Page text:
Stopping to absorb such majesty was mandatory. The tangerine lights of Wenatchee warped in the heavy winter air below us, silver slopes peeled off precipitously to our left and right, and the glowing staircase of ridge arched skyward. It was the dreamscape of the awake — a place where peyote and sobriety merged.
The cold penetrated clothing quickly and we returned from the wonder of gawking to the work of climbing through air saturated with Freon. Ski poles sucked warmth from gloved fingers and we walked faster as our defense against the bite of frost.
Clouds continued draining from the sky and the moon grew so bright that the two of us and a pair of moonshadows walked as a foursome up this unworldly spine. On the summit, with hoods pulled over heads as armor against a nipping wind, we spun slow circles absorbing the lights of town below and the torch of moon overhead. We took in the black snaking body of the Columbia and the ripsaw silhouette of the Cascades.
“Mind-blowing.” Matt muttered as he twirled.
“Dream-making,” I rebutted. “Ever since I was middle-aged, I’ve dreamt of hiking this ridge in winter moonlight.”
Activity: Hiking, snowshoeing, stupid fun.
Difficulty: 3 (advanced).
Fitness Level: 3 (advanced).
Distance: 10 miles round trip, 8 miles if you leave a car or bike at the end of pavement on the upper end of Number Two Canyon Road.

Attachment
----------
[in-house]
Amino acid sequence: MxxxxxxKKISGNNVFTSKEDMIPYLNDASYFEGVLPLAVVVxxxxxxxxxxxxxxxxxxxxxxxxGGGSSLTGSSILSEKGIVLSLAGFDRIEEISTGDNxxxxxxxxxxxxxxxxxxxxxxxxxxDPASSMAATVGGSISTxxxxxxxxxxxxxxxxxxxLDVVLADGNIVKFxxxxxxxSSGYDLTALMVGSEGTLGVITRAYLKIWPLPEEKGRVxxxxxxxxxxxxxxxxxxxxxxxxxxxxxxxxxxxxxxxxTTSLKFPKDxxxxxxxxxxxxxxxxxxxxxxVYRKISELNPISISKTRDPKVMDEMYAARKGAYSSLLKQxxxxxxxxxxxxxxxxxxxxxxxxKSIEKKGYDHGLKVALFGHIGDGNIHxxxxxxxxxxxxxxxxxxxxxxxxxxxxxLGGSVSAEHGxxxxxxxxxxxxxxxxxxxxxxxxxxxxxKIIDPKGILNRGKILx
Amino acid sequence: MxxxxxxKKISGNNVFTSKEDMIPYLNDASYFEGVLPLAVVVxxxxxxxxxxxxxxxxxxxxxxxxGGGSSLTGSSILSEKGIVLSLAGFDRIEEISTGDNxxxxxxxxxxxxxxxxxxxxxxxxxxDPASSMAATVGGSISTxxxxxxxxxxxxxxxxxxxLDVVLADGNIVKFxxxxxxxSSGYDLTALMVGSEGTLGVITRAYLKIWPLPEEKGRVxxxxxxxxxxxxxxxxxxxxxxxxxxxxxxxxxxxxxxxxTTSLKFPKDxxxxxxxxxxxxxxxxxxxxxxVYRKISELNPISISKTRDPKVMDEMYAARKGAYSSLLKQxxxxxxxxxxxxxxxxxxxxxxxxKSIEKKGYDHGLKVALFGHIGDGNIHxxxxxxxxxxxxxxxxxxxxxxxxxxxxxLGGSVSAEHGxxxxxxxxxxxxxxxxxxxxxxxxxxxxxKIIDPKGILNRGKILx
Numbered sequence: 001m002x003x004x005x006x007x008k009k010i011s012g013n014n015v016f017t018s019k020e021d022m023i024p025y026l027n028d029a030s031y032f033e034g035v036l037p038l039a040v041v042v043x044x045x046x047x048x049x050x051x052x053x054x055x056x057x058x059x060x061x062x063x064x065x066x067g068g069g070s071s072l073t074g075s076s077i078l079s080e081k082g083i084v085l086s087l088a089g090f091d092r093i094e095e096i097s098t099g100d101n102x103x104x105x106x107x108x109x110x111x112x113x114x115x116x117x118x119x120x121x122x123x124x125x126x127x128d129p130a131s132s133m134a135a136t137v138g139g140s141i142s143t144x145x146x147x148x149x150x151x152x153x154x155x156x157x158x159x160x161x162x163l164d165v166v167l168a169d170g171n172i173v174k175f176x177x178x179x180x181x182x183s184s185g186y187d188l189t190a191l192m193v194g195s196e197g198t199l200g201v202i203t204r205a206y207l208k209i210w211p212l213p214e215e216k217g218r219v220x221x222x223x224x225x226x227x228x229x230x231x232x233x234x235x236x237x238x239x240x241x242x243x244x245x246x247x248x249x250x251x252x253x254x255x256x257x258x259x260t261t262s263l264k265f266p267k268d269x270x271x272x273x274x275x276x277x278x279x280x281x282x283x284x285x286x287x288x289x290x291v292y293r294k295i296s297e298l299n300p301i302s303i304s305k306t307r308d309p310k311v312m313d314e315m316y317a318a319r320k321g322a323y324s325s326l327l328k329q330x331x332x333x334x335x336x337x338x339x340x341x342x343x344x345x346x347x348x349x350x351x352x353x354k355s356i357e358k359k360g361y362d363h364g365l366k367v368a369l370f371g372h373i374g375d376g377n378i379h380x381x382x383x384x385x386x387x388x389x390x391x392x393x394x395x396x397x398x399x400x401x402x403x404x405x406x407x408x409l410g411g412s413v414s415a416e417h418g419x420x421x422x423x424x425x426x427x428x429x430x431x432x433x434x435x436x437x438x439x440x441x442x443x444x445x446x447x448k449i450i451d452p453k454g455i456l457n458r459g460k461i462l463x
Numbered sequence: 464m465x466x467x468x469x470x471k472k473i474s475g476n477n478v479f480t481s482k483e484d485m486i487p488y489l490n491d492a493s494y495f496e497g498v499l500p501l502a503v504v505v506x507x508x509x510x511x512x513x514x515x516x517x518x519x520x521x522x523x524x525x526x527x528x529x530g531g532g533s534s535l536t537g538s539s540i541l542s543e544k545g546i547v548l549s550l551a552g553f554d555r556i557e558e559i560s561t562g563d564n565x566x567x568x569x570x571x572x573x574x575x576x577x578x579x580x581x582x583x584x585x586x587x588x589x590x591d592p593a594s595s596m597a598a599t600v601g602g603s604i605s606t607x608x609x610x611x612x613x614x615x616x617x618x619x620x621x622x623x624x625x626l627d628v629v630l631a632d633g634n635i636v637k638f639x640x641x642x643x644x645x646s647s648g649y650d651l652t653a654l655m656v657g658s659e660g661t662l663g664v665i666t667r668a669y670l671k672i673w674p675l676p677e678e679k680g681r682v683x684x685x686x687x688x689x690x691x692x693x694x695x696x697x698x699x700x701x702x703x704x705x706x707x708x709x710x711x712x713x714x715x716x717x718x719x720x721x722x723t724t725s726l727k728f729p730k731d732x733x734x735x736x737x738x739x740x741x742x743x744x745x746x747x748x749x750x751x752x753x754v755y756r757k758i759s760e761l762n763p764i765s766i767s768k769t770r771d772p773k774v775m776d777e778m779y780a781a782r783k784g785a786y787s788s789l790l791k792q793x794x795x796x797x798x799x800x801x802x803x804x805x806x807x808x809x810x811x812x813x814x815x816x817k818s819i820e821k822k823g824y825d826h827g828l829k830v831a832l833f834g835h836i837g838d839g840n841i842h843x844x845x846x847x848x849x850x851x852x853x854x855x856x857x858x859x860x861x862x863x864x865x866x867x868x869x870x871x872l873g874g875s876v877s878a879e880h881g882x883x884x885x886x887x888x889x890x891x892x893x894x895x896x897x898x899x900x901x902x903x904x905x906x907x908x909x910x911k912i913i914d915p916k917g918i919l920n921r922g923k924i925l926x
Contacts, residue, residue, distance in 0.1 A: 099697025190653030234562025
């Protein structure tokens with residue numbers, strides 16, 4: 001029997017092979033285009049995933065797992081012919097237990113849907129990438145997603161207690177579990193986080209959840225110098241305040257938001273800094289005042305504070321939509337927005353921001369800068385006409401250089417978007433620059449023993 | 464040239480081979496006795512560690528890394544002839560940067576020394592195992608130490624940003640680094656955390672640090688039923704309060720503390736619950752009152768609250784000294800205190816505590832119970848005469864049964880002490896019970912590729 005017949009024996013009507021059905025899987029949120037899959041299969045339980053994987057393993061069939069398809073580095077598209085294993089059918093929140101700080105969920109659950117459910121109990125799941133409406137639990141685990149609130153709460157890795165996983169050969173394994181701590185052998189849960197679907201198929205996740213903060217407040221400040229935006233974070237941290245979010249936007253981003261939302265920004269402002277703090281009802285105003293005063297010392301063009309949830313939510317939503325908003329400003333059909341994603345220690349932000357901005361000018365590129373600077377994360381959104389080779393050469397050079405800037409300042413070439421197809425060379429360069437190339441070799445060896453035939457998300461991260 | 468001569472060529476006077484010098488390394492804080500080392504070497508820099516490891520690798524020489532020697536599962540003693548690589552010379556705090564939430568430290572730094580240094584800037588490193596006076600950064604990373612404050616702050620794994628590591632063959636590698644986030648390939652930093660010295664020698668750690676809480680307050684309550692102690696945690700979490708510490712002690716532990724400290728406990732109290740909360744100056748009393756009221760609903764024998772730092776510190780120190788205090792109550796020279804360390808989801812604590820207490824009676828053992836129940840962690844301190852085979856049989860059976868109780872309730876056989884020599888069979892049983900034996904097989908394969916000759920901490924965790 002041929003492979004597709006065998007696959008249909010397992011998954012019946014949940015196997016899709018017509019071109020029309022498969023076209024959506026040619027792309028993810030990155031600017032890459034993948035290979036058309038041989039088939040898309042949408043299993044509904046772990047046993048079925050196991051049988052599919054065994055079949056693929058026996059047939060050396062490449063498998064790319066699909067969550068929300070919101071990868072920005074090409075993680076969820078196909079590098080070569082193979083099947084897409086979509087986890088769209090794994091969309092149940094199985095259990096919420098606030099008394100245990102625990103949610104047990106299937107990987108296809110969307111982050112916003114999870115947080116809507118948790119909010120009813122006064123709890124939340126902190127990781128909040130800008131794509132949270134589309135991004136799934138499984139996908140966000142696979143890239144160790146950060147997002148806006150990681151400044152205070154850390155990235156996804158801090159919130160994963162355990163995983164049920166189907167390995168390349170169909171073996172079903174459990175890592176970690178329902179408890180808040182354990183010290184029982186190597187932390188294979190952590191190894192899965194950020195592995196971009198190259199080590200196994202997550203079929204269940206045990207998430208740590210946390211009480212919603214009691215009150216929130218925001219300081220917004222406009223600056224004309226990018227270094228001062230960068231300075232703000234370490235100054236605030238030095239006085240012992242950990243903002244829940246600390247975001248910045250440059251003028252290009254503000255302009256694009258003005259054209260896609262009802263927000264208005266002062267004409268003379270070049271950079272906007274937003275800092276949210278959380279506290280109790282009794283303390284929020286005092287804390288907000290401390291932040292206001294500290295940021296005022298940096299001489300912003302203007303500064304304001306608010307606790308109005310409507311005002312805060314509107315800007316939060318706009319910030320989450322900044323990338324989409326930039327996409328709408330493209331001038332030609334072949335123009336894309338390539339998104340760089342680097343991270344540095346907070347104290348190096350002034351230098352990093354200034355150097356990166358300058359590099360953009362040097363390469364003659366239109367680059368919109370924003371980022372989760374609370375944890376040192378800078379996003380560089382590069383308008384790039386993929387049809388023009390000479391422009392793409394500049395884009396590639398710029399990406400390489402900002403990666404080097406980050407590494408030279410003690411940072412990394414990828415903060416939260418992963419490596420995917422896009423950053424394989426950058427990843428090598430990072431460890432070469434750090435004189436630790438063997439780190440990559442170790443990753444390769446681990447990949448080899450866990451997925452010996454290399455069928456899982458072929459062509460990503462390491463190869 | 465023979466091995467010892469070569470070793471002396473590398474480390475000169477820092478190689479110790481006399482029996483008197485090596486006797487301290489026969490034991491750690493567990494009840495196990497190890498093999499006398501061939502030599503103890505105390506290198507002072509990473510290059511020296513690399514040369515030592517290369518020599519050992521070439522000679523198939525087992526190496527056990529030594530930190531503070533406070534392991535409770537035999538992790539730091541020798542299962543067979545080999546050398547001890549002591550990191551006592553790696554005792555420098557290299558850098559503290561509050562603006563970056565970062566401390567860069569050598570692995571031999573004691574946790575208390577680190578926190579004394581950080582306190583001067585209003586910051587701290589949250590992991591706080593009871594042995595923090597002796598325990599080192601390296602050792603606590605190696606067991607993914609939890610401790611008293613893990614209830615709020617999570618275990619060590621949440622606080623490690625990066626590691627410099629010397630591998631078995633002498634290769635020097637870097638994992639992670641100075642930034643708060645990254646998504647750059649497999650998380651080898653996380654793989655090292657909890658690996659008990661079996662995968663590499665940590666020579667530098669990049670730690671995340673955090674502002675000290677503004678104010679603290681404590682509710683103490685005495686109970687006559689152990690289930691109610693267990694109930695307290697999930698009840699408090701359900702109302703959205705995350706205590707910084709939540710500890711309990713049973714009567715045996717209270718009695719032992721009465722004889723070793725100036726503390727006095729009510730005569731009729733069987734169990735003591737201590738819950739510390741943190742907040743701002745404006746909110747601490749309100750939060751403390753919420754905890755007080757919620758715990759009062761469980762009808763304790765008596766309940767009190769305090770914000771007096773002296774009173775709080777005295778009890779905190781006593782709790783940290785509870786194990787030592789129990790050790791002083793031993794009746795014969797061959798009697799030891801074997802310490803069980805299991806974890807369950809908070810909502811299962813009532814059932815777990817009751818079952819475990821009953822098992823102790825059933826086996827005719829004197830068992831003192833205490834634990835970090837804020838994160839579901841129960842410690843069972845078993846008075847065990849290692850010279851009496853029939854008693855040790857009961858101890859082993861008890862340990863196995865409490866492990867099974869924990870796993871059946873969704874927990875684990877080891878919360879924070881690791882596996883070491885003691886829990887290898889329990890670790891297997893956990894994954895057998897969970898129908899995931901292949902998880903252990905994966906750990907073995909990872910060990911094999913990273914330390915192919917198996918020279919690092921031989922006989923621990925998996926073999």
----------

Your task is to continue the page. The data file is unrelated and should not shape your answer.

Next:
Elevation Gain: 4,500 vertical feet.
Recommended Season: Spring and fall. In winter, the trip can also be done as a combination hike-snowshoe outing.
Access: Zero out the odometer at the intersection of Skyline Drive and Number Two Canyon Road (elevation here is 1,005’). Drive past the gun club entrance and about a half mile farther, just past a small rock tower near the right side of the road (odometer reading of 1.95 mile), park on the left (south) side of the road in a small pull off with a shot-up ‘No Dumping’ sign. Up the road about 75 yards on the right side is a small drainage/canyon you’ll be ascending.
- Walk uphill along the road about 75 yards and set the altimeter, if you have one, at 1,450 feet. Walk up the road another 75 yards, then walk into the sagebrush on the right side of the road and start climbing the hill before you. Don’t let all the trash at the start of this route discourage you—things get pristine quickly. Climb and traverse uphill on the slopes slightly left of the canyon/drainage.
- Hit the edge of the canyon/drainage at 1,640 feet and sidehill along an exposed, steep slope (without losing elevation) into the drainage. There will be various game trails making this traverse. If you traverse properly you can avoid brush but there may be a little bushwhacking to get into the heart of the drainage. Once in the drainage, work up to about 1,680 feet and then get on a well defined game trail ascending a little ridgelet in the middle of the drainage. This ridgelet divides an arroyo on your left and another on your right. Follow this divide directly uphill, traveling in a northwesterly direction and aiming for the saddle along the skyline ridge above you.
- Reach the saddle (el: 2,410′) and then drop down the opposite side roughly following a true bearing of 315 degrees into a draw (el: 2,050’). The descent is steep and you’ll encounter some thickets of brush which good route selection will get you through without getting tangled up in green.